But that's not all! Unwilling to rest on their laurels, our development team has been hard at work bringing improvements to the site — along with some bug fixes. If you want to play with the current, in-development, subject-to-change-without-notice version of the site, hop on over to our development server. Do be aware several specially-crafted stories were created and posted there so as to evoke certain test conditions, so please respect the admonitions stated on those stories. Have an observation, question, or found a bug? We'd love to hear your feedback in the #dev channel on our IRC server.
We could not have done it alone — a great many of you have contributed to the site. There is the administrative tasks of paying the bills and handling legal obligations. Sysops support to keep our boxes up and running. Writing code and patching bugs (while minimizing the bug writing). Suggesting and testing new code/features and providing constructive feedback. Making financial contributions by signing up for subscriptions. Submitting story submissions for the editors to poke and prod at. All of this in support of a goal to provide a place where people can submit comments and engage in discussions with other interesting and intelligent people on the 'net. As with any community, there have been some 'heated' discussions. And most refreshing of all, are those discussions where nuggets of wisdom and brilliance appear — and make the whole effort worthwhile.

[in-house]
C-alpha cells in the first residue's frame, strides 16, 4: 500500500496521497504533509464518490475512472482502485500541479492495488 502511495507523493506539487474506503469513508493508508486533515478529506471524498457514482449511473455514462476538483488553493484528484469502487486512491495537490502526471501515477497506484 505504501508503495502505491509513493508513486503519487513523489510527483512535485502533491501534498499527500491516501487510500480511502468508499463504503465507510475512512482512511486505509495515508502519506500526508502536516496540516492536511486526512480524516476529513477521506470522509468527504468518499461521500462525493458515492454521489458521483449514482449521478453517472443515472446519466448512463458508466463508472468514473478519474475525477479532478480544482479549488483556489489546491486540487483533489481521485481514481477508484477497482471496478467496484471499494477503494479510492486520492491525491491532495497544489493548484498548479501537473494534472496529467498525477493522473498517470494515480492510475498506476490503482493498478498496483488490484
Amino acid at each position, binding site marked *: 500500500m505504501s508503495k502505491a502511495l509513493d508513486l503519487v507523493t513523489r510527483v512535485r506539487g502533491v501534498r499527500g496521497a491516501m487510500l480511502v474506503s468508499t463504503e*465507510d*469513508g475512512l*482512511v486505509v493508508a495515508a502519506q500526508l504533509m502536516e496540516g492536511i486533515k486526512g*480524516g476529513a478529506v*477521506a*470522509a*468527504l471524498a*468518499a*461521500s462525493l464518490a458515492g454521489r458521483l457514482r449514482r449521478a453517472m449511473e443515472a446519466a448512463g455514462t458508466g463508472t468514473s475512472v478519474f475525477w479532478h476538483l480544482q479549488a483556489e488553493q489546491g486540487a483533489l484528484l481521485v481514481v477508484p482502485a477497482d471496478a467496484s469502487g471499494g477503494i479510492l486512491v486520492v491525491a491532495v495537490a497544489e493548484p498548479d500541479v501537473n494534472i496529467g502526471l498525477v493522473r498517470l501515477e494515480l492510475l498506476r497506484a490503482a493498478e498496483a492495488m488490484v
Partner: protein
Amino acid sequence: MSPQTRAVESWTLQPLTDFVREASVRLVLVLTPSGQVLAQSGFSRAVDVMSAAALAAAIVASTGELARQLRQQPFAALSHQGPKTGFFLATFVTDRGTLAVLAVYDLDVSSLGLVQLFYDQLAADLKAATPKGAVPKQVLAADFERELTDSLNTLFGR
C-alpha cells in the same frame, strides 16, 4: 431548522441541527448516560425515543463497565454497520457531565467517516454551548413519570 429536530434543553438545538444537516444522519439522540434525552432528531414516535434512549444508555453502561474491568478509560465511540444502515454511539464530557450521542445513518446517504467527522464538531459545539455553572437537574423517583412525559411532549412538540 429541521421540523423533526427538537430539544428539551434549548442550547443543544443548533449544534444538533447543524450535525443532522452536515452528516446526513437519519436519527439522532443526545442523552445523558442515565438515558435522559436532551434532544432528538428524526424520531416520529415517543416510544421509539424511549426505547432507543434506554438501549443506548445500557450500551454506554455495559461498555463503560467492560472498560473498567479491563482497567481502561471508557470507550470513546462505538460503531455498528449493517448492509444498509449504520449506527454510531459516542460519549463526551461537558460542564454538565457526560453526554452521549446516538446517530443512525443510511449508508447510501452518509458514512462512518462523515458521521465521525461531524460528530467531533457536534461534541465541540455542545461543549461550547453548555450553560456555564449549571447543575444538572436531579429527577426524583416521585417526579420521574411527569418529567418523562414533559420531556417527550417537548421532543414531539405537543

So, on behalf of the rest of the all-volunteer staff here at SoylentNews, let me say thank you. For your support, engagement, and questioning — we are a better site because of you. May we continue to earn your trust and support for many years to come.
In the comments, please feel free to mention anything significant that happened over these years which were inadvertently omitted as well as to tell us what we can do better.
So, to wind this up, I have one last question: "emacs or vi?" =)
For our third year, I have some Reflections on our third day.
In some of the pre-history of SoylentNews, here is some of the stuff that gets lost in the mists of time around the first coordinated development effort -- running on a VM, on a laptop in my basement under the slashcott.org domain. The slashcott had been announced and was to commence in some number of days. A bunch of folks thought it would be an awesome idea to get an independent version of slash running in time for the slashcott -- what could go wrong?